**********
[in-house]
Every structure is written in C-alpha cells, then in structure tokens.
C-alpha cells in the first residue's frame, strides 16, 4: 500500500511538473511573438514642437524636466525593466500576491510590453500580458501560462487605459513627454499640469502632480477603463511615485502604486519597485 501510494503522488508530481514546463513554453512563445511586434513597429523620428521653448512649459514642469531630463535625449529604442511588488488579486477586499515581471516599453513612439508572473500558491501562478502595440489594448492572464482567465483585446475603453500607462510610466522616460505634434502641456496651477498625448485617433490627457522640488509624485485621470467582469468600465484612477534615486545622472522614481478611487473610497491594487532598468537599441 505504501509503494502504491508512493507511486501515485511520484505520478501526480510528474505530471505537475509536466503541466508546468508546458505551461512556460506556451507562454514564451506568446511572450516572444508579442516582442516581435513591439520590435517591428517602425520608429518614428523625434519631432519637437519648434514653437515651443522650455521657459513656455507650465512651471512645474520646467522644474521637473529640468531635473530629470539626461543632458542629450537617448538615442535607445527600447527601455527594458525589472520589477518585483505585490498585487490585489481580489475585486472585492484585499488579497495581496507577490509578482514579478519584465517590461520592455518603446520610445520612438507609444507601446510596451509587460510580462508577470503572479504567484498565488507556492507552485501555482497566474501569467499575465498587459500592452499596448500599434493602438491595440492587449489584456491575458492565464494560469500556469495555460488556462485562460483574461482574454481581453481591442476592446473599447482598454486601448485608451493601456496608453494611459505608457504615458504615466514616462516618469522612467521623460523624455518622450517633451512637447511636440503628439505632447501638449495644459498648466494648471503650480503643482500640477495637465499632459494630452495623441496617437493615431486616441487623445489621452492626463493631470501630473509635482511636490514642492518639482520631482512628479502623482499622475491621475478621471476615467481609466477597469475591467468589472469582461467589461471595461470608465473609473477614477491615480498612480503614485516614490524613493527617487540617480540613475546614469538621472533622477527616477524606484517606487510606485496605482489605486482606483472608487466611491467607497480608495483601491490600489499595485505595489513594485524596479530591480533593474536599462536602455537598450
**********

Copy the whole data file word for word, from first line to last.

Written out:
[in-house]
Every structure is written in C-alpha cells, then in structure tokens.
C-alpha cells in the first residue's frame, strides 16, 4: 500500500511538473511573438514642437524636466525593466500576491510590453500580458501560462487605459513627454499640469502632480477603463511615485502604486519597485 501510494503522488508530481514546463513554453512563445511586434513597429523620428521653448512649459514642469531630463535625449529604442511588488488579486477586499515581471516599453513612439508572473500558491501562478502595440489594448492572464482567465483585446475603453500607462510610466522616460505634434502641456496651477498625448485617433490627457522640488509624485485621470467582469468600465484612477534615486545622472522614481478611487473610497491594487532598468537599441 505504501509503494502504491508512493507511486501515485511520484505520478501526480510528474505530471505537475509536466503541466508546468508546458505551461512556460506556451507562454514564451506568446511572450516572444508579442516582442516581435513591439520590435517591428517602425520608429518614428523625434519631432519637437519648434514653437515651443522650455521657459513656455507650465512651471512645474520646467522644474521637473529640468531635473530629470539626461543632458542629450537617448538615442535607445527600447527601455527594458525589472520589477518585483505585490498585487490585489481580489475585486472585492484585499488579497495581496507577490509578482514579478519584465517590461520592455518603446520610445520612438507609444507601446510596451509587460510580462508577470503572479504567484498565488507556492507552485501555482497566474501569467499575465498587459500592452499596448500599434493602438491595440492587449489584456491575458492565464494560469500556469495555460488556462485562460483574461482574454481581453481591442476592446473599447482598454486601448485608451493601456496608453494611459505608457504615458504615466514616462516618469522612467521623460523624455518622450517633451512637447511636440503628439505632447501638449495644459498648466494648471503650480503643482500640477495637465499632459494630452495623441496617437493615431486616441487623445489621452492626463493631470501630473509635482511636490514642492518639482520631482512628479502623482499622475491621475478621471476615467481609466477597469475591467468589472469582461467589461471595461470608465473609473477614477491615480498612480503614485516614490524613493527617487540617480540613475546614469538621472533622477527616477524606484517606487510606485496605482489605486482606483472608487466611491467607497480608495483601491490600489499595485505595489513594485524596479530591480533593474536599462536602455537598450